During Bloom's first focus group since the store opening, customers said they picked up on the new layout right away. "Customers have noticed that the milk is in the front," notes concept creator Rick LaCroix, whose background is in operations. "One woman told us that she had finished her shopping trip, then walked out and realized she forgot the milk. She had her 12-year-old son run in and get it while she waited in the car."
Another quick in-and-out item that customers frequently seek is produce -- but it wasn't as easy to zero in on just a few key items that could be placed in TableTop. So the concept creators came up with a practical solution: They put produce directly behind TableTop, also in the center of the store.
"The first reason we put produce in the middle was because we didn't want to separate it from the quick in-and-out area," notes Sapp. "It certainly turned out to be a positive. Customers told us they don't like to put produce in the basket first, because it gets smashed." Another advantage to the TableTop adjacency is that customers tend to include produce in their meal planning, he adds.
Bloom's produce selection is reflective of where Food Lion has been going as an organization, according to Sapp. Exotic fruits such as mango, papaya, fresh rhubarb, and baby bananas are featured, as well as an organic sampling. Bloom did take a slightly different direction in its merchandising, by using display tables that allow for more product and visibility. "Our old cases are more vertical. These are more horizontal," notes Sapp.
Beyond the produce section, meat and seafood complete the central aisle. "People tend to make their meal decision around meat," observes McIntosh-Hinson. "They select the meat, then they go back to produce to get vegetables. We asked ourselves, 'Why can't we just put them together?' It marries well with the meal solution center."
Meal ingredient choices are made even easier with a meat recipe kiosk by Shop to Cook, which gives shoppers cooking instructions and recipe ideas for various specific cuts of meat. "One of the most commonly asked questions in the meat department is, 'What do I do with this piece of meat?'" observes LaCroix. "With this kiosk they just scan the product, choose from a list of recipes, and print."
Aside from the 'perimeter' departments that are now front and center, the rest of Bloom's aisles are organized in what the group calls "universes." "It sounds like a fancy term for store-within-a-store, but it isn't the same. We wanted to position things so that the customers could find everything together -- we wanted to make it logical," explains Sapp.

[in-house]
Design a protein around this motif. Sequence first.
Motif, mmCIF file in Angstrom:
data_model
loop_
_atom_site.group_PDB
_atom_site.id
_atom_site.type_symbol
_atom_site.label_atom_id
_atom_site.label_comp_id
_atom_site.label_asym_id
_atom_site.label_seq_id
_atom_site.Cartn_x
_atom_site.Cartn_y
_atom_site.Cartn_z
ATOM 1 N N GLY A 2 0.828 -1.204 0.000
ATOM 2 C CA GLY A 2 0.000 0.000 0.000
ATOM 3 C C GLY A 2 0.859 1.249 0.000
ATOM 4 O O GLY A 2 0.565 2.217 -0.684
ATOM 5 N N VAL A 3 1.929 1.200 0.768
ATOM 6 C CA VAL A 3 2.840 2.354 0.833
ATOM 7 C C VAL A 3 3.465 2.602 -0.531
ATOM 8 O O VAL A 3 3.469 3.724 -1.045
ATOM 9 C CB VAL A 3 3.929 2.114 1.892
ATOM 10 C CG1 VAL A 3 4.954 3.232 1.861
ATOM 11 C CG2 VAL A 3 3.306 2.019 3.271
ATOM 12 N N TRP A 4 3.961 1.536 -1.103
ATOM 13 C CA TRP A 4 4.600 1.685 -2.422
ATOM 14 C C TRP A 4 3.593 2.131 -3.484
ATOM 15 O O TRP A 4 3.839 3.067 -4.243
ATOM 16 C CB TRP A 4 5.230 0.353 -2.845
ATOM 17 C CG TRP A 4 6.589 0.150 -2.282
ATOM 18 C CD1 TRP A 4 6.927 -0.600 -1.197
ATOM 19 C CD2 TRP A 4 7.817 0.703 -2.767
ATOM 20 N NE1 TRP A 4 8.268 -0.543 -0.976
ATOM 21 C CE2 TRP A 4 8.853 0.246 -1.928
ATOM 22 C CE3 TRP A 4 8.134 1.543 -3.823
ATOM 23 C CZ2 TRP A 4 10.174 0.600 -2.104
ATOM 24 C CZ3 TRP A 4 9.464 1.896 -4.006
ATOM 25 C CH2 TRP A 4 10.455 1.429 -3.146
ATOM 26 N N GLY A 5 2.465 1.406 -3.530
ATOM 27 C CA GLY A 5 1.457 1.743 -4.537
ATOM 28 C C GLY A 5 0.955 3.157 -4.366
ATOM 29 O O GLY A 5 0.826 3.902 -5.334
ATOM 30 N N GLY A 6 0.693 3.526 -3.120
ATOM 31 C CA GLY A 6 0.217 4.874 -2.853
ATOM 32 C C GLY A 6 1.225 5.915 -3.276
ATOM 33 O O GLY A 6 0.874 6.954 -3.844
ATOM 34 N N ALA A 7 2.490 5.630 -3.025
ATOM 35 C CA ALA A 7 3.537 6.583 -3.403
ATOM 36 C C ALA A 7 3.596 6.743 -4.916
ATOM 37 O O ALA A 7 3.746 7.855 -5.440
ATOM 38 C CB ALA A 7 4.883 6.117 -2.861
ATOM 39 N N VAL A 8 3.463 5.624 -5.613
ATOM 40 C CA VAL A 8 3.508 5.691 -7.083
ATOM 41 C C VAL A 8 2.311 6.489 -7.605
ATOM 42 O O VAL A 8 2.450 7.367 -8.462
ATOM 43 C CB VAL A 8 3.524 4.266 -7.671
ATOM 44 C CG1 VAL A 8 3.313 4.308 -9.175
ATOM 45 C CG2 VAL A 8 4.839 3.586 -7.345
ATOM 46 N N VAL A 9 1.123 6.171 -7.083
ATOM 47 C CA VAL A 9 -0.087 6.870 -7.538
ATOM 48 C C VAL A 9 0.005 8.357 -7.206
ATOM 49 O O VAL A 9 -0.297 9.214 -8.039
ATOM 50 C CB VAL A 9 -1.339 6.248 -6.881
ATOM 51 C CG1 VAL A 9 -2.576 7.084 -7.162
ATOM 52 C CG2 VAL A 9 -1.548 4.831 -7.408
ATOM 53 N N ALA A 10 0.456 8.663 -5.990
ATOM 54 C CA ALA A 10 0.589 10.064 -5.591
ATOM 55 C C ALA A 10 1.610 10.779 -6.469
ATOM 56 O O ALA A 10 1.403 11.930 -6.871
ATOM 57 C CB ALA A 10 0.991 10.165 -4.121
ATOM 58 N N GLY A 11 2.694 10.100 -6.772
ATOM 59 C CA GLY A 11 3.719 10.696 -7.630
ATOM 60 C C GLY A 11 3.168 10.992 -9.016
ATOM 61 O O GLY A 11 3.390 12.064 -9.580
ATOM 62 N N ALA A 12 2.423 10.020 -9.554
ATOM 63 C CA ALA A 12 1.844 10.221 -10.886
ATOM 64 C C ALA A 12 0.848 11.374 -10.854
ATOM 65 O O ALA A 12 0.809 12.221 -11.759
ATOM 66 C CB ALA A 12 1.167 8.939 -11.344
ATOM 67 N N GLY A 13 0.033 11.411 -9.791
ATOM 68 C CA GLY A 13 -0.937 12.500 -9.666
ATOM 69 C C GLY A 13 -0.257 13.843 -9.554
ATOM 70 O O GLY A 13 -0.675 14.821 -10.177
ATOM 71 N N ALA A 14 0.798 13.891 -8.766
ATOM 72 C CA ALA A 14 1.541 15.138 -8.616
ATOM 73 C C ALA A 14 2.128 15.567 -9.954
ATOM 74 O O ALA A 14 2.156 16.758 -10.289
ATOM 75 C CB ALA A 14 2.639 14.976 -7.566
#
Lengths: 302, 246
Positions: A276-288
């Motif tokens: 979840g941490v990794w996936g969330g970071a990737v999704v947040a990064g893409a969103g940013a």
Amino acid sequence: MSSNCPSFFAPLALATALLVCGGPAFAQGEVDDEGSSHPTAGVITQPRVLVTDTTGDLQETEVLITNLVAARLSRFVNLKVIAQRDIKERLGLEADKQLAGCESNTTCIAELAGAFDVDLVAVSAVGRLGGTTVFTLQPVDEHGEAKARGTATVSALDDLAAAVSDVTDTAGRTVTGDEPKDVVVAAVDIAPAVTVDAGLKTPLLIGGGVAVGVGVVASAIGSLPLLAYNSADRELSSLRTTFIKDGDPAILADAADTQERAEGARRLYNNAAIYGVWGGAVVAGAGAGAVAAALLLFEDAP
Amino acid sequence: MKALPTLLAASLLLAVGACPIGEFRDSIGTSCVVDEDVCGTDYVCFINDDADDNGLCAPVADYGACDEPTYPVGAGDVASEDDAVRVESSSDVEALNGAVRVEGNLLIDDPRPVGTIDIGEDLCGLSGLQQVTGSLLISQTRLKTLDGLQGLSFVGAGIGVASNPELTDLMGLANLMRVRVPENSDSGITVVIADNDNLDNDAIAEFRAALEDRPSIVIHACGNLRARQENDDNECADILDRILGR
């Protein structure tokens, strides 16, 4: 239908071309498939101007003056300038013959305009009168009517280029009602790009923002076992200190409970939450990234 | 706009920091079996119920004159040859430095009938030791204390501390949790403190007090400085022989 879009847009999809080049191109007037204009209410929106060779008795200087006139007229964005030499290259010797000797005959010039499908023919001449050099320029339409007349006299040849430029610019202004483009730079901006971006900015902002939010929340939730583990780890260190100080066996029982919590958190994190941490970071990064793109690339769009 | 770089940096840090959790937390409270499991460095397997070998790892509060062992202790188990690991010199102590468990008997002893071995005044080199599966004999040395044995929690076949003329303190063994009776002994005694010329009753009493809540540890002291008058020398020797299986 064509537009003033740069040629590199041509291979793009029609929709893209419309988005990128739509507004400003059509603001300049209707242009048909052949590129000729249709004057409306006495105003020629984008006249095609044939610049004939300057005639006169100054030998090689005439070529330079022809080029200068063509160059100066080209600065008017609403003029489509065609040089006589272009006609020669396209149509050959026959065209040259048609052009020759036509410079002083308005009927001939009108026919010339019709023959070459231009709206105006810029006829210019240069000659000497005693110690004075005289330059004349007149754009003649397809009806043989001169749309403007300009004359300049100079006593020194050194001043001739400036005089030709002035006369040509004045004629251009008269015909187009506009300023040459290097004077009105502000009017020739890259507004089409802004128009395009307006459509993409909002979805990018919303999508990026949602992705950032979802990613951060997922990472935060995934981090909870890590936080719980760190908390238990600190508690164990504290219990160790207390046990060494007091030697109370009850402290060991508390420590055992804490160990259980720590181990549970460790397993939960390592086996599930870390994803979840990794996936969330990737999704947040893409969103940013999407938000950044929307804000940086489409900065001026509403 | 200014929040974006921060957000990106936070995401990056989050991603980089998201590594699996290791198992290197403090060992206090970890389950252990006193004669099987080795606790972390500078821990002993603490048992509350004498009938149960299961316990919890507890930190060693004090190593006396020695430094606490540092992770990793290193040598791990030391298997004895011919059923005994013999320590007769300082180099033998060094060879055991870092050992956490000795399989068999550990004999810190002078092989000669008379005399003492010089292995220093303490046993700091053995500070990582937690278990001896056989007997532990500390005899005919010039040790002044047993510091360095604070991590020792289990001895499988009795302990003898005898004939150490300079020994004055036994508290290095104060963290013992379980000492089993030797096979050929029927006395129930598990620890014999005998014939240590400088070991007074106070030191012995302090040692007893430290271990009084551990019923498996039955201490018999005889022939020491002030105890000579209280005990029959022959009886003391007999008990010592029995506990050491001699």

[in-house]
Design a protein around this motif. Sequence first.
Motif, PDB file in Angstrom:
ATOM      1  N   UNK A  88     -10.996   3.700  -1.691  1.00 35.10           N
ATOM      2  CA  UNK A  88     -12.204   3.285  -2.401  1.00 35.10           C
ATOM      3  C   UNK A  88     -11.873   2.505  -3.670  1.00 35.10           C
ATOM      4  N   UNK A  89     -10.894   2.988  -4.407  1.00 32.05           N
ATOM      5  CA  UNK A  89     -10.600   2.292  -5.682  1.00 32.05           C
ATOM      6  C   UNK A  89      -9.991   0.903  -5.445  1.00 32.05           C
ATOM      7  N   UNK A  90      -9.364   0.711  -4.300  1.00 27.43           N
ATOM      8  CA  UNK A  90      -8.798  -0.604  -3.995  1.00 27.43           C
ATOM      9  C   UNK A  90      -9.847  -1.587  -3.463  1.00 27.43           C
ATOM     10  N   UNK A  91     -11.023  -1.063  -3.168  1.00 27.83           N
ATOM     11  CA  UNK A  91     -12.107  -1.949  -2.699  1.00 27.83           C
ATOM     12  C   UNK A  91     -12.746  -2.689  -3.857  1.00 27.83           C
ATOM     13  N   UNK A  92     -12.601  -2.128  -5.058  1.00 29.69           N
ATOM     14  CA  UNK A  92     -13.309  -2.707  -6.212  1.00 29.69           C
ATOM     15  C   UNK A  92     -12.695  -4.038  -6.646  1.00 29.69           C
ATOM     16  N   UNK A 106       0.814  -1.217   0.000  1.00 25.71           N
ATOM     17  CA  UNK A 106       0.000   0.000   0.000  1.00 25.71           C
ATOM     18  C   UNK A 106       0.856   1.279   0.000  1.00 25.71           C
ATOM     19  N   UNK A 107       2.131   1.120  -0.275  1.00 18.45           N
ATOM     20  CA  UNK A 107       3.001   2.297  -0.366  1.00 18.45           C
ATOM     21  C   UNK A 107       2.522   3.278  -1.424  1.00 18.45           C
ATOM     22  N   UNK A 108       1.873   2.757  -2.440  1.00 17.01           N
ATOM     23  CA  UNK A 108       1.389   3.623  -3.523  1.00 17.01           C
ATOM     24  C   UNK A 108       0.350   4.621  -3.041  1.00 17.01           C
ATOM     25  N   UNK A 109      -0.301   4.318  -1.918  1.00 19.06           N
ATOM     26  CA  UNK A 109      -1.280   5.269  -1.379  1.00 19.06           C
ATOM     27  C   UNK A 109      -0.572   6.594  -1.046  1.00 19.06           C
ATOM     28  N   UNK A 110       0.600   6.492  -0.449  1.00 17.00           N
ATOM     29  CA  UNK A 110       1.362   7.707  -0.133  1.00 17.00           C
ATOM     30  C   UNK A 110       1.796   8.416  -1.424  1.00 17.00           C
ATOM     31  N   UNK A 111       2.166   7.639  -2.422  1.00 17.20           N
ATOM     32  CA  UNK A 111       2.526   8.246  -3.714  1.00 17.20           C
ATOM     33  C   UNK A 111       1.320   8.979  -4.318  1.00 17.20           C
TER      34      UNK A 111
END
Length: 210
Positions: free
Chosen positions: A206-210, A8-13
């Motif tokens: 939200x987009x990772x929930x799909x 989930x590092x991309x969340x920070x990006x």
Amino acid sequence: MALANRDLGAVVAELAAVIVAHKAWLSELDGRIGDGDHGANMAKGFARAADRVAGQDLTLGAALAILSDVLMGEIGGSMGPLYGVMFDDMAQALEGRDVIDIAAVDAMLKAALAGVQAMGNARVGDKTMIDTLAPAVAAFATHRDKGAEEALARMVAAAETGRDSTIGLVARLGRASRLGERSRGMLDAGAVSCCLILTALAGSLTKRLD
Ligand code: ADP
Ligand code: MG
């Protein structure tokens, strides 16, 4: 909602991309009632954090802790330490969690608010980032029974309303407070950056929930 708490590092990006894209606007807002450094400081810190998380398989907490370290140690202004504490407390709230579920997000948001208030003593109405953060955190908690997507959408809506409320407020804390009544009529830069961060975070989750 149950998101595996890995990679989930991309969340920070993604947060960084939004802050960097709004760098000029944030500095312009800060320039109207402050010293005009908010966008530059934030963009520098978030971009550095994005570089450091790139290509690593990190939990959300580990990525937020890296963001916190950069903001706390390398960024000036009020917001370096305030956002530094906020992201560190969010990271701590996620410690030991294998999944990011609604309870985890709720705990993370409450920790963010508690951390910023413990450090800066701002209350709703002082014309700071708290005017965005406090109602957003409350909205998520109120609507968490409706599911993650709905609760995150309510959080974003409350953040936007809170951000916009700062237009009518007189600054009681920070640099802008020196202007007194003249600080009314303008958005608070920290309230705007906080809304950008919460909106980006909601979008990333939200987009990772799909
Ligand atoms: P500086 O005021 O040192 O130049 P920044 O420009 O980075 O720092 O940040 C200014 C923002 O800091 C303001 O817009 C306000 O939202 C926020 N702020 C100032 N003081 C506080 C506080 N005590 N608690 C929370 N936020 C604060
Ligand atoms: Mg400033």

That's why food and nonfood items are completely separated, each on opposite sides of the fresh section. "In a traditional store, maybe you're in the canned goods aisle; then all of a sudden you come up on HBC," observes Sapp. "We wanted to separate those things and make it simple for customers so they can even skip aisles if they want to, which is heresy in the supermarket business."
Among the food aisles the universes are broken down into wine, baking, canned goods, beverages, snack foods, condiments, and breakfast, which logically faces a wall of refrigerated units containing dairy, bacon, and other items that are popular morning meal staples. Coffee is wrapped around the end of the breakfast aisle near orange juice. Packaged breads and other commercial bakery products, meanwhile, can be found up front next to the in-store bakery. In the same vein, prepackaged sliced meats are located near the deli.
Even more unconventional than the layout of grocery are the product adjacencies. Instead of grouping products by manufacturer or brand, Bloom uses a commodity-based approach. For instance, in the snack aisle, tortilla chips are in one group, pretzels are in another, and so on, instead of their being grouped together by brand.
"It's a little harder to stock," admits Sapp, "but so far customers have said they like it better." The sales representatives from Bloom's direct-store distributors have had to adjust to the change, too, he says.
Commodity-based merchandising also goes against traditional category management practices, he notes. "In category management you're trying to numerically prove aisle partners, as opposed to just asking customers what they want. They want simplicity."
Bloom's snack aisle is actually very practical for moms who are looking for several lunch items at a time, notes McIntosh-Hinson. "It's my favorite aisle. If you're a parent and you pack lunches, stuff like chips, popcorn, and crackers is typically spread out among several aisles. In this store it's all in one place, so your choices are much easier."
Bloom's wine selection, which is also arranged in a commodity-based fashion, is located near the TableTop Circle, since alcoholic beverages are also part of meal planning. "In Food Lion stores the wine was arranged by manufacturer, or even by country of origin. The customers wanted it simple, so we put the varietals together," says Sapp.
For frequent wine shoppers Bloom offers a free wine bag with a purchase of six bottles or more. Customers can also purchase the bag, which is light blue and features the Bloom name and logo, a white pinwheel.